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Edmonton climate committee says blue hydrogen not a solution for city emissions goals

A group of experts that advises city council on Edmonton’s climate change plans is raising concerns about turning to hydrogen to reduce the city’s carbon emissions.

The co-chairs of Edmonton’s energy transition climate resilience committee say hydrogen is increasingly being presented as a path to meeting the city’s emissions reduction targets. But when it comes to hydrogen produced from natural gas, they told council members in a recent letter that they don’t see evidence it will help Edmonton decarbonize.

“Grey” hydrogen and “blue” hydrogen are both made from natural gas, and that process produces greenhouse gas emissions — but blue hydrogen integrates carbon capture and storage.

The committee’s letter says there are still outstanding concerns about the environmental cost of extracting the natural gas to produce blue hydrogen, and questions about the efficiency of carbon capture efforts.

“As we as a city consider throwing our proverbial hats into the blue hydrogen ring, we must understand that there is a real possibility that, by doing this, we may not actually improve affordability, or reduce our emissions, in any significant way,” the May 2 letter says.

Without a detailed analysis of the potential cost to Edmonton taxpayers and a third-party analysis of the whole picture of emissions associated with blue hydrogen, the committee recommends that no city projects or plans should incorporate it for decarbonization.

Committee co-chair Jacob Komar told CBC News that there’s a time and place for blue hydrogen, pointing to heavy industry like fertilizer and steel production, where hydrogen is the only real alternative to fossil fuels.

“But to use it for space heating or transportation is very wasteful,” he said, noting zero-emissions options for personal vehicles and home heating already exist, and they’re more efficient.

“It’s not just us coming up with this and saying this ourselves. We’re saying this because there’s huge scientific concern that this will ever be a solution.”

Alberta’s hydrogen roadmap

Hydrogen has been broadly promoted in Alberta, with the provincial government rolling out a hydrogen roadmap in 2021 for expanding a “clean hydrogen economy.” The federal government also released a Canada-wide hydrogen strategy in 2020.

Ryan Fournier, press secretary for Alberta Environment Minister Rebecca Schulz, said in a statement Monday that the province is “technology agnostic” on clean hydrogen development.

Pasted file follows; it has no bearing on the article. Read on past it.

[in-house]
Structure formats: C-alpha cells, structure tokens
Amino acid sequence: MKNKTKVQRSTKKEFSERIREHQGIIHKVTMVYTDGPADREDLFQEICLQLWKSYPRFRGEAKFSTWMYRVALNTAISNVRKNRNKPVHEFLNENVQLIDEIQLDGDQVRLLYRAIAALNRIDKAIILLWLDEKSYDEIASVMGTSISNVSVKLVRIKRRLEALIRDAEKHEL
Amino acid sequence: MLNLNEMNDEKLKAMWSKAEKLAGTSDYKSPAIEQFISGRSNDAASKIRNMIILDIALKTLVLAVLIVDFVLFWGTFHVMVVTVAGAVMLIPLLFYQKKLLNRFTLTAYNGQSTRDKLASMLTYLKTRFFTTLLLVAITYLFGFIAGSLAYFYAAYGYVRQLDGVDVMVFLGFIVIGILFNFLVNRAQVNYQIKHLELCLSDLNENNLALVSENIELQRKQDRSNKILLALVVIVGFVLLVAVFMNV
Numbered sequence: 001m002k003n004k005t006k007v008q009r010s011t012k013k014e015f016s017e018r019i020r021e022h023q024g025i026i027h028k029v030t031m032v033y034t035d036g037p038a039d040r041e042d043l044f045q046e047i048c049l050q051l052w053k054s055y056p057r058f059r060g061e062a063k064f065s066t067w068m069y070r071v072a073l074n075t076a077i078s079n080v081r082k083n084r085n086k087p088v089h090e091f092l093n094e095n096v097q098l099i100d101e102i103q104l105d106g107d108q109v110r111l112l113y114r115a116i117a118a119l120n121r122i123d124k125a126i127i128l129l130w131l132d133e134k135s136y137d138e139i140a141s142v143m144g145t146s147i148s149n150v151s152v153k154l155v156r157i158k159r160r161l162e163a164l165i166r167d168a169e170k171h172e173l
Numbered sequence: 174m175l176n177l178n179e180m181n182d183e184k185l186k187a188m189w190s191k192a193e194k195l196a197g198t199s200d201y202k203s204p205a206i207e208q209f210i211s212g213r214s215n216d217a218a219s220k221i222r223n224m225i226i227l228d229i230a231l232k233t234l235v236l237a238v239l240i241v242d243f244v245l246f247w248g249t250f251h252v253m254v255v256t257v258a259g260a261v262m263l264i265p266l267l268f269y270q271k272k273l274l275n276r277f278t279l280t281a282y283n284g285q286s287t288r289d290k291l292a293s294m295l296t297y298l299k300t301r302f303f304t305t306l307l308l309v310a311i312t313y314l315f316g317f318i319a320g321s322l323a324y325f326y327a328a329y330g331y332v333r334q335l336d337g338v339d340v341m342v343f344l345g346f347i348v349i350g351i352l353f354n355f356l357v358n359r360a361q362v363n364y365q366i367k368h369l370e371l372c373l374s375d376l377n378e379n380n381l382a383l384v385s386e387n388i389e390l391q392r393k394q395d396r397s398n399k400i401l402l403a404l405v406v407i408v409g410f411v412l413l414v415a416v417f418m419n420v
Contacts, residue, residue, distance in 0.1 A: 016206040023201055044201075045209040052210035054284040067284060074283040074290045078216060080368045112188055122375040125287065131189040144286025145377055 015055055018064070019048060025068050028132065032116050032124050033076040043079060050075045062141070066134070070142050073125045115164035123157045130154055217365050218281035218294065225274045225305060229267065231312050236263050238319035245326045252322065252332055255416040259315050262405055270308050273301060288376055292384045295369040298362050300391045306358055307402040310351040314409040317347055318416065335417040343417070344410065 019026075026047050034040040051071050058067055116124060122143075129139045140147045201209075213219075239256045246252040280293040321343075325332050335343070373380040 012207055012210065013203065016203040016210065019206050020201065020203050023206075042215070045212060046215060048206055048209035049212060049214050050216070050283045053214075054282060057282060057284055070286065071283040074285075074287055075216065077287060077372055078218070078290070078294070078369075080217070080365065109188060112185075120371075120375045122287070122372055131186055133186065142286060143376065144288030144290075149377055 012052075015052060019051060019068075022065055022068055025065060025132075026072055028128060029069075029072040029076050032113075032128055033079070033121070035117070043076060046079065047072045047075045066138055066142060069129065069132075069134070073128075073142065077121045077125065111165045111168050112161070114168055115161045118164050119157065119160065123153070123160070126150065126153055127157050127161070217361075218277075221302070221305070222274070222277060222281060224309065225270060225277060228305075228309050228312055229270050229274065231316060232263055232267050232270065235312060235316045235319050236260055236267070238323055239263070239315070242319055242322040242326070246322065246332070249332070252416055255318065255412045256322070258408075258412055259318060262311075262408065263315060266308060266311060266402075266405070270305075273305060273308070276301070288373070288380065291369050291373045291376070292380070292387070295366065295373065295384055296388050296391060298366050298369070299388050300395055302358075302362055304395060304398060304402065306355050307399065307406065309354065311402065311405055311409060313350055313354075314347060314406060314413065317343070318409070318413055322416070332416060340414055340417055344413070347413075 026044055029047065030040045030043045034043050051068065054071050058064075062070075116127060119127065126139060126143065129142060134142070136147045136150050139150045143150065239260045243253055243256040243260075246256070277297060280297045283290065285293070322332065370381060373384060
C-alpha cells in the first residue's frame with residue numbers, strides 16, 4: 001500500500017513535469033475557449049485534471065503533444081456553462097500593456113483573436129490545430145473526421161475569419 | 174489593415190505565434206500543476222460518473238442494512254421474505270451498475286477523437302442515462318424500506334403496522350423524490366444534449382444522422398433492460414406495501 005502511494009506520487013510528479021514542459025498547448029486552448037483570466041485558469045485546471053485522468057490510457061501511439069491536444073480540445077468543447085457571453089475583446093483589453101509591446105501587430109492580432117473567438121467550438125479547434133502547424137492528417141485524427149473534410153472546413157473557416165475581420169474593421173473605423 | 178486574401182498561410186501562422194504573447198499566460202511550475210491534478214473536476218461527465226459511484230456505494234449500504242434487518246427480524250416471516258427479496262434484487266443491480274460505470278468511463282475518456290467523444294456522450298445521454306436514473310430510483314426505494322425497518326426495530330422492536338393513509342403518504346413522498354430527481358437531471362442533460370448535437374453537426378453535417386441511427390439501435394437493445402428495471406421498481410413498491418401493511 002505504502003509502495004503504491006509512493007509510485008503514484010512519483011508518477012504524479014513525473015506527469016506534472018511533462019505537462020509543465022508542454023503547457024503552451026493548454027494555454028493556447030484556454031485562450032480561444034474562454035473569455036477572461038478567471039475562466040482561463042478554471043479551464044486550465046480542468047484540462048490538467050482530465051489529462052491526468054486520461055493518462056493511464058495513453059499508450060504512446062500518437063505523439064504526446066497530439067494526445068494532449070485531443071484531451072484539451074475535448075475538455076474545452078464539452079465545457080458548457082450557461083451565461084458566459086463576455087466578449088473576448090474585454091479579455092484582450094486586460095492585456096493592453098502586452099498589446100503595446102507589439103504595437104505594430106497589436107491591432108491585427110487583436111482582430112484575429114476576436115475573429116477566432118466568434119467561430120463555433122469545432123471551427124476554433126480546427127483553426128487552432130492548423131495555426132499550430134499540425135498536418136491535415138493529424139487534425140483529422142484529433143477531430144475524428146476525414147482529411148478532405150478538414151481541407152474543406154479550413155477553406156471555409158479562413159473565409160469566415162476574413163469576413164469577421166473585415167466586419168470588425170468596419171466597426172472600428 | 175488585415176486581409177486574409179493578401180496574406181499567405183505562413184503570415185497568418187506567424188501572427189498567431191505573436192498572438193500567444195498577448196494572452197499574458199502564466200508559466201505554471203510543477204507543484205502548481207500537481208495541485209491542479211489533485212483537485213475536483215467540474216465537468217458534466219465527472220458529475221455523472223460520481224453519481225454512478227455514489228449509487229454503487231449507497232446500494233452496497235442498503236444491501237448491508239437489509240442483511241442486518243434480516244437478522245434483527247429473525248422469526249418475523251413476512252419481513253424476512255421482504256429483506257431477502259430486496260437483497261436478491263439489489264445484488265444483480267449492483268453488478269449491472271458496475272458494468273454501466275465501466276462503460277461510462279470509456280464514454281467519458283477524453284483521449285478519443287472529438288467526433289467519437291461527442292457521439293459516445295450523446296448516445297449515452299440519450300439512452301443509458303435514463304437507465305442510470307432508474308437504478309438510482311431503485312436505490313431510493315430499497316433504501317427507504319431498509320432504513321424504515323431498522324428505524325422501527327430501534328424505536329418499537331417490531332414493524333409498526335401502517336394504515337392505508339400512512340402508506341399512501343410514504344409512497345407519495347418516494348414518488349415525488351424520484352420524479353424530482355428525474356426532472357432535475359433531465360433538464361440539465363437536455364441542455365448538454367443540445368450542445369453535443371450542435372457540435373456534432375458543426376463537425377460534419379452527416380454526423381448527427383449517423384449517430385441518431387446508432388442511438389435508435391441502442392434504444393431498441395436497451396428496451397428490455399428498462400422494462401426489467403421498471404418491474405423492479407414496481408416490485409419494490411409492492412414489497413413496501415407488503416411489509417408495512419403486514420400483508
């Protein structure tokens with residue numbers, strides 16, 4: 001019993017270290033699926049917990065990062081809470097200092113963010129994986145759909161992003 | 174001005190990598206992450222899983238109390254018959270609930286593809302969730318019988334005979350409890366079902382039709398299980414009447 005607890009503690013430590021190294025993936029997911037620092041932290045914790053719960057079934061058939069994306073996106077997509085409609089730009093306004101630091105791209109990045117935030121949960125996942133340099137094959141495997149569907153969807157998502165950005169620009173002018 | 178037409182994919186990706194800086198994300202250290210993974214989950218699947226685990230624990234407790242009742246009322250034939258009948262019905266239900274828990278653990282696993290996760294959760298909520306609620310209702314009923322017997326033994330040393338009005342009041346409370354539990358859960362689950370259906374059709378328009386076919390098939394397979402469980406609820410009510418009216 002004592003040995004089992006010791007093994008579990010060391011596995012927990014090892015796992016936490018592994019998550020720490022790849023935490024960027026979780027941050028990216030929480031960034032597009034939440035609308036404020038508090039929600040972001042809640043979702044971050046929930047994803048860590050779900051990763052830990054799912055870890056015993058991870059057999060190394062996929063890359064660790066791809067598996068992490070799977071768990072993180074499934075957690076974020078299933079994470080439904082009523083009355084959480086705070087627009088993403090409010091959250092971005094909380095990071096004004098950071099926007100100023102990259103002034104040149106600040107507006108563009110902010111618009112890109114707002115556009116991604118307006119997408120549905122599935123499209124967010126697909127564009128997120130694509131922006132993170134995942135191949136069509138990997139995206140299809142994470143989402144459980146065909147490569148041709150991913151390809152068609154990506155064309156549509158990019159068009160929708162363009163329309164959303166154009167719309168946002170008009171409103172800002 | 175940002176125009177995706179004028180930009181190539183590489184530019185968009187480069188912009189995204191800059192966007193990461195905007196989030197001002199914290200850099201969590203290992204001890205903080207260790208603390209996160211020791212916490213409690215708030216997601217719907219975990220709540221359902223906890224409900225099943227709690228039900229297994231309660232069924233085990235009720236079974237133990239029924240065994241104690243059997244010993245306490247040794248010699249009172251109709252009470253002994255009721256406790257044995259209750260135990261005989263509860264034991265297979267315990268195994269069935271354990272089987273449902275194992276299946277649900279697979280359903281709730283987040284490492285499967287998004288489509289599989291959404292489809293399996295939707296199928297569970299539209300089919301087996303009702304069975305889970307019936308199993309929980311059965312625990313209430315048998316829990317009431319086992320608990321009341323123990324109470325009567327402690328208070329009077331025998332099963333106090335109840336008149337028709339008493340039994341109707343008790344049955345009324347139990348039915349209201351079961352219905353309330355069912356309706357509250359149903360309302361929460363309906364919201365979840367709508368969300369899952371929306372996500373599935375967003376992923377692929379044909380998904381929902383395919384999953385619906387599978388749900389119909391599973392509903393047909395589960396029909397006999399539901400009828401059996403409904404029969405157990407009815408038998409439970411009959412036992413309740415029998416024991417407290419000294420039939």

“We support any type of hydrogen production, including electrolytic green hydrogen, as long as the produced hydrogen is low carbon intensity, and meets our province’s economic and environmental goals,” he said.

Hydrogen is considered “green” when it’s split from water using renewable electricity, producing no emissions. The climate resilience committee’s position is that pursuing blue hydrogen doesn’t automatically make it easier to switch.

“By promoting the use of blue hydrogen we risk locking Edmonton into long-term carbon-intensive hydrogen generating
processes. The city’s stated goals are exactly the opposite.”

The city currently has one hydrogen-fuelled bus in its fleet, running as part of a pilot project. Plans to expand are paused for now, with council opting earlier this year to hold off on buying 40 new hydrogen fuel-cell buses because of financial constraints.

A hydrogen fuelling station.
An expert committee that advises council on energy transition initiatives says city projects shouldn’t use blue hydrogen without more research. (Sean Gallup/Getty Images)

Ward papastew Coun. Michael Janz, one of two council advisers appointed to the energy transition climate resilience committee, said the memo to council gives him pause.

“I think any time we have someone saying, ‘Hey, the sparkle doesn’t match the shine here,’ we need to take a look at that. If anything, having this information gives us ammo to ask better questions,” he said.

Ward pihêsiwin Coun. Tim Cartmell told CBC News he’s aware of the issues highlighted by the committee. But just one consideration for the city when it comes to making budget decisions, and trying to reduce emissions.

“I don’t think that we’re we’re all in [on hydrogen], but there’s also a risk of perfect is the enemy of good here,” he said.

“We need to replace half our bus fleet over the next 10 years, and we have no way to do that. So you look at overhauling the buses that you do have. … For relatively little cost, we can go into a blended fuel arrangement where we get far more efficiency from our diesel fuel buses by blending in some hydrogen.

“So it’s not perfect. It’s not the panacea that saves the world, but it’s a lot better than what we have right now.”

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